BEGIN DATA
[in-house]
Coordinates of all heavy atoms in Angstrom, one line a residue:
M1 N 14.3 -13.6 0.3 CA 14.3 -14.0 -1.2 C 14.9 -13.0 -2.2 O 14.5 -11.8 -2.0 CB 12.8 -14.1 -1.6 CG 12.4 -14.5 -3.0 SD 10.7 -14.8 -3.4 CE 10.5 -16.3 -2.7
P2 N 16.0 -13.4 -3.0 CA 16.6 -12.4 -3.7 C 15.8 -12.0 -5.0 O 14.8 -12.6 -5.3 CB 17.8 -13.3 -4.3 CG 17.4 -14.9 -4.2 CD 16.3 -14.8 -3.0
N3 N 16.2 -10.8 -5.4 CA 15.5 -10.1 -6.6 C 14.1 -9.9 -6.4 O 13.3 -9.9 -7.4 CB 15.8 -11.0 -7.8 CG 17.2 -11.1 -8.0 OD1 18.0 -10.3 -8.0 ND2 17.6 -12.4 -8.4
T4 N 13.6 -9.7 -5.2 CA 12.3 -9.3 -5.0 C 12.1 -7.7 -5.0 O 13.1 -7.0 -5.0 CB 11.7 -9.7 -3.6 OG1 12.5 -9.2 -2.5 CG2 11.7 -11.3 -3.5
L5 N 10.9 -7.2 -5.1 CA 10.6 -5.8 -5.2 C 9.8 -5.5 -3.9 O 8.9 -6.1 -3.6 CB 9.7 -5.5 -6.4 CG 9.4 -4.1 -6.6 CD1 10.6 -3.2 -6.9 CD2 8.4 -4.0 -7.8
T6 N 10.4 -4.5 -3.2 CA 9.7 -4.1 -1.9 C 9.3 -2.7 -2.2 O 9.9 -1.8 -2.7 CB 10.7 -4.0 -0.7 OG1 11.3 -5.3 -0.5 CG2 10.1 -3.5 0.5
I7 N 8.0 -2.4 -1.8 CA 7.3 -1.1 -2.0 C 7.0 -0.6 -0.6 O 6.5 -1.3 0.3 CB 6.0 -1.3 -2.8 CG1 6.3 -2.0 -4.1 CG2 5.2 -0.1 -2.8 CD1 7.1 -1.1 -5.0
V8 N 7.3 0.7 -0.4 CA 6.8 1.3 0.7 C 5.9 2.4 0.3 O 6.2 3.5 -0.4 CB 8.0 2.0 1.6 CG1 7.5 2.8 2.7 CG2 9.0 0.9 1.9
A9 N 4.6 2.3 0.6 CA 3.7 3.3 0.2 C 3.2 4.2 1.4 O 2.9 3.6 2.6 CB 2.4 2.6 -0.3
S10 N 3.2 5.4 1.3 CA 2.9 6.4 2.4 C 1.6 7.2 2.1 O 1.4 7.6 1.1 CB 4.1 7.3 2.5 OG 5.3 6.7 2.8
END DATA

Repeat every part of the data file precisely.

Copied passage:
[in-house]
Coordinates of all heavy atoms in Angstrom, one line a residue:
M1 N 14.3 -13.6 0.3 CA 14.3 -14.0 -1.2 C 14.9 -13.0 -2.2 O 14.5 -11.8 -2.0 CB 12.8 -14.1 -1.6 CG 12.4 -14.5 -3.0 SD 10.7 -14.8 -3.4 CE 10.5 -16.3 -2.7
P2 N 16.0 -13.4 -3.0 CA 16.6 -12.4 -3.7 C 15.8 -12.0 -5.0 O 14.8 -12.6 -5.3 CB 17.8 -13.3 -4.3 CG 17.4 -14.9 -4.2 CD 16.3 -14.8 -3.0
N3 N 16.2 -10.8 -5.4 CA 15.5 -10.1 -6.6 C 14.1 -9.9 -6.4 O 13.3 -9.9 -7.4 CB 15.8 -11.0 -7.8 CG 17.2 -11.1 -8.0 OD1 18.0 -10.3 -8.0 ND2 17.6 -12.4 -8.4
T4 N 13.6 -9.7 -5.2 CA 12.3 -9.3 -5.0 C 12.1 -7.7 -5.0 O 13.1 -7.0 -5.0 CB 11.7 -9.7 -3.6 OG1 12.5 -9.2 -2.5 CG2 11.7 -11.3 -3.5
L5 N 10.9 -7.2 -5.1 CA 10.6 -5.8 -5.2 C 9.8 -5.5 -3.9 O 8.9 -6.1 -3.6 CB 9.7 -5.5 -6.4 CG 9.4 -4.1 -6.6 CD1 10.6 -3.2 -6.9 CD2 8.4 -4.0 -7.8
T6 N 10.4 -4.5 -3.2 CA 9.7 -4.1 -1.9 C 9.3 -2.7 -2.2 O 9.9 -1.8 -2.7 CB 10.7 -4.0 -0.7 OG1 11.3 -5.3 -0.5 CG2 10.1 -3.5 0.5
I7 N 8.0 -2.4 -1.8 CA 7.3 -1.1 -2.0 C 7.0 -0.6 -0.6 O 6.5 -1.3 0.3 CB 6.0 -1.3 -2.8 CG1 6.3 -2.0 -4.1 CG2 5.2 -0.1 -2.8 CD1 7.1 -1.1 -5.0
V8 N 7.3 0.7 -0.4 CA 6.8 1.3 0.7 C 5.9 2.4 0.3 O 6.2 3.5 -0.4 CB 8.0 2.0 1.6 CG1 7.5 2.8 2.7 CG2 9.0 0.9 1.9
A9 N 4.6 2.3 0.6 CA 3.7 3.3 0.2 C 3.2 4.2 1.4 O 2.9 3.6 2.6 CB 2.4 2.6 -0.3
S10 N 3.2 5.4 1.3 CA 2.9 6.4 2.4 C 1.6 7.2 2.1 O 1.4 7.6 1.1 CB 4.1 7.3 2.5 OG 5.3 6.7 2.8